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Starting a starter with vinegar?

RainingTacco's picture
RainingTacco

Starting a starter with vinegar?

I heard about pineapple method. Debra said it was hard to control pH with vinegar, so what i thought -i have ph meter and could use pipette to add vinegar just enough to lower feeding solution pH to 4,0-4,5. Is that viable? Or does vinegar have a specific slowing effect on yeast, that is not attributed to its low pH if added in uncontrolled quantities? 

mariana's picture
mariana

Yes, of course, you can acidify your first batch of spontaneously fermenting dough with anything edible. 

- vinegar (pure acetic acid solution) or pure lactic acid solution

- sour fruit juices (fresh apple juice, fresh grape juice), sometimes if form of grated apple or pounded grapes added to flour-water blend

- yeasted brews: beer, kvass, kefir, kombucha or a simple water brew (1 cup of water, 1 spoon of sugar, 1 tsp of yeast in 1 hr will give you acidic solution with low pH)

- water and pulp from soaking bread from commercial bakery ( bread can be yeasted or sourdough, it doesn't matter, it has low pH and is rich in organic acids)

- sour cream, commercial kefir w/o yeast, yogurt or sour whey drained from yogurt et al. as sources of lactic and acetic acid solution.

You can find recipes for sarters with all of those in literature and online; alone or in combinations. It's a general idea that matters: either acidify the first dough naturally with stinky bacteria from flour, or add something to the first dough to block, supress or kill  those stinkers right away.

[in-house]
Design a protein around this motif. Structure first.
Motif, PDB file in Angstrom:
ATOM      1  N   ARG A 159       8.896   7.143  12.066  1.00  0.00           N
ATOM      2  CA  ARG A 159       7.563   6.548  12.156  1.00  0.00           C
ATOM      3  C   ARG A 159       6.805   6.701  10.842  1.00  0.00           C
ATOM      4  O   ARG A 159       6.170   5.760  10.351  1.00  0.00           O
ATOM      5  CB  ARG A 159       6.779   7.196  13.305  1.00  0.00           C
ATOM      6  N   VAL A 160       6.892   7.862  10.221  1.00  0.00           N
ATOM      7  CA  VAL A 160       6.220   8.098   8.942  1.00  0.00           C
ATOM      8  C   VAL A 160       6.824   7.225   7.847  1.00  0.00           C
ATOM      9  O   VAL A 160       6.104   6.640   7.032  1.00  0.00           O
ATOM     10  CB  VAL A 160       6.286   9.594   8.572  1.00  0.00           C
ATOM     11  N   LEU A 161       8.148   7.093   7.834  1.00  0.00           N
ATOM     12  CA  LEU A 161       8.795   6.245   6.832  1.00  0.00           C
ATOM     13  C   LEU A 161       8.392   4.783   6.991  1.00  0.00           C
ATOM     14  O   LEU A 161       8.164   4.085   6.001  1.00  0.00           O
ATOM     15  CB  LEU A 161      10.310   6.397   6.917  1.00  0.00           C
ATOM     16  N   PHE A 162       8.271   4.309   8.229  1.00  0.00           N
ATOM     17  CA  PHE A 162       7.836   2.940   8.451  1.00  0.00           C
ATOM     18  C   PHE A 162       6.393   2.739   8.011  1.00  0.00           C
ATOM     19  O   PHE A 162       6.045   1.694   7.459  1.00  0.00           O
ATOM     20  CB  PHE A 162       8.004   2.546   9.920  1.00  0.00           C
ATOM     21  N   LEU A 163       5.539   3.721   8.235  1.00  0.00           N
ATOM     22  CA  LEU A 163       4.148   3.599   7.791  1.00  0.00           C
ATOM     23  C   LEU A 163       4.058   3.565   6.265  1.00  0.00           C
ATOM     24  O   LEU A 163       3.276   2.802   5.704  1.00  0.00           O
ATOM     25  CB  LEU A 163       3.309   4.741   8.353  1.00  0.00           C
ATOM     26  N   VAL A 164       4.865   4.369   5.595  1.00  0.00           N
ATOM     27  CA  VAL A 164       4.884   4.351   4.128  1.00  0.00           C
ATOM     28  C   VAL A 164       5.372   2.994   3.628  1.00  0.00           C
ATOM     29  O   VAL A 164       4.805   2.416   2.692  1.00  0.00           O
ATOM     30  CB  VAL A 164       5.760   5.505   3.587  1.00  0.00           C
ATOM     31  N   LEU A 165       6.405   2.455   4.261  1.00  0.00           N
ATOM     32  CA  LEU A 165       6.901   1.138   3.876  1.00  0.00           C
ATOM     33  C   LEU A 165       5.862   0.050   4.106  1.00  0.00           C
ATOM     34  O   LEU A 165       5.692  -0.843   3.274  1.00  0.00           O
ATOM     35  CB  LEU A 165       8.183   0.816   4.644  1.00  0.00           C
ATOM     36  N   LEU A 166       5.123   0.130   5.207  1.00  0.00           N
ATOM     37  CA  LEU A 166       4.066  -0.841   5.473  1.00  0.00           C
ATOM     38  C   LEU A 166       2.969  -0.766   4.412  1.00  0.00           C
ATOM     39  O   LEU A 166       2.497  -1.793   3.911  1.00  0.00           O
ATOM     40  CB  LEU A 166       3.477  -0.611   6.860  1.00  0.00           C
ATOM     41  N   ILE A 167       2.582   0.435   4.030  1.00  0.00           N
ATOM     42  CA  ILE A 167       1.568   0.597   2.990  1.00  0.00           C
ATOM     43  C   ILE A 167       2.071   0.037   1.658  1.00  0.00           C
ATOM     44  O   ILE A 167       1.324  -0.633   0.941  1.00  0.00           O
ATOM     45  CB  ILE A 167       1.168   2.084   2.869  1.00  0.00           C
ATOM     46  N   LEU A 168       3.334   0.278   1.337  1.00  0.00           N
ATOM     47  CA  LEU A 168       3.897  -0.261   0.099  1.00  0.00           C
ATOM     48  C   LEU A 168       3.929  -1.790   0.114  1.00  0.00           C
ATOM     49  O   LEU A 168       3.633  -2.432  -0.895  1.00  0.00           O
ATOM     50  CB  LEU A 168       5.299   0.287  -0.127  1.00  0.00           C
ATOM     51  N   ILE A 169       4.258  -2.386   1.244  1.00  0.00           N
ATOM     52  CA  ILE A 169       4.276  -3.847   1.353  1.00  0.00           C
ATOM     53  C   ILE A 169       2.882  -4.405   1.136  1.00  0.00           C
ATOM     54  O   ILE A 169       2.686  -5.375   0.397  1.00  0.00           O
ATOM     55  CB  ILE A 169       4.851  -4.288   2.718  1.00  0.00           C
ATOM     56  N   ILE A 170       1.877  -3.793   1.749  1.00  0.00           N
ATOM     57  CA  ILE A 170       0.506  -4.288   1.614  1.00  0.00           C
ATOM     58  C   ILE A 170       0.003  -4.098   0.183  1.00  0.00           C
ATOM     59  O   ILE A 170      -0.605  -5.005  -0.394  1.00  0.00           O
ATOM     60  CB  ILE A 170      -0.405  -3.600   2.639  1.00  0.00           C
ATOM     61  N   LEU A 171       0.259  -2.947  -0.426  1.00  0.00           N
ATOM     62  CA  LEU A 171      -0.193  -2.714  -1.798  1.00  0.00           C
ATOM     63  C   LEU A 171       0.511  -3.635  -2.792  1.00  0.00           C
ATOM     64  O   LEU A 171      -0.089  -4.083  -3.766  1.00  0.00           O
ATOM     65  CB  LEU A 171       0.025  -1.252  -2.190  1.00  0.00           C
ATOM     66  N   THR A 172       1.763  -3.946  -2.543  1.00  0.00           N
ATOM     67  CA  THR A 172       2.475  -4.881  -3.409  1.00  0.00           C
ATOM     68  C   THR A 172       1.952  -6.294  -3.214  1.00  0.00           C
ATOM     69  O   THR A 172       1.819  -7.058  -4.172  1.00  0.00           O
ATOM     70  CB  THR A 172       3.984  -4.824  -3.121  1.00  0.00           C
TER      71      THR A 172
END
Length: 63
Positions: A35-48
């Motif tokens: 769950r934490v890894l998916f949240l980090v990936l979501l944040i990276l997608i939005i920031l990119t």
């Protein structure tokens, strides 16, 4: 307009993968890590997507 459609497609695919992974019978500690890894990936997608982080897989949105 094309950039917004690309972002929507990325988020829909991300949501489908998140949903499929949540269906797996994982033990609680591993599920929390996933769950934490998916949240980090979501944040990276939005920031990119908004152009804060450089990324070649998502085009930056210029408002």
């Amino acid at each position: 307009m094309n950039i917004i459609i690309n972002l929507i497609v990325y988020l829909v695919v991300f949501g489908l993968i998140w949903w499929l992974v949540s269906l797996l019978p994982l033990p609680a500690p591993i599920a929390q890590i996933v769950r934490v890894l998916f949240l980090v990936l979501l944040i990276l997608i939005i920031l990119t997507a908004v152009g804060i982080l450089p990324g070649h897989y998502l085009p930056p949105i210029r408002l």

Quick starters can be obtained both ways, with or without acidifiers.

Temperature and flour choice matters more than acidification though. But if you combine temperature control with acidification,  then you get yourself the most efficient way o developing great sourdough cultures from scratch.

Acid doesn't slow down yeast. Yeast doesn't care about acid until pH goes down below 2.0 which never happens in sourdough.

RainingTacco's picture
RainingTacco

Acid doesn't slow down yeast. Yeast doesn't care about acid until pH goes down below 2.0 which never happens in sourdough.

This is very reassuring. I have kinda slow starter, i think it might have too much leuconostoc[despite pleasant smell i still think the balance is off, and there's not much yeasts, maybe something else is producing gas?], so i might start again. This time it will be made by acidification method with vinegar. 

Also i will make sure that my starter is mature enough before refrigerating. I've made a mistake of refrigerating a seven day starter, probably the culture wasnt established enough, given the modern flour that has lots of leuconostoc. Also whole wheat seems to have highest yeast content, so thats what i will use next time, mixed with some rye flour for LAB growth.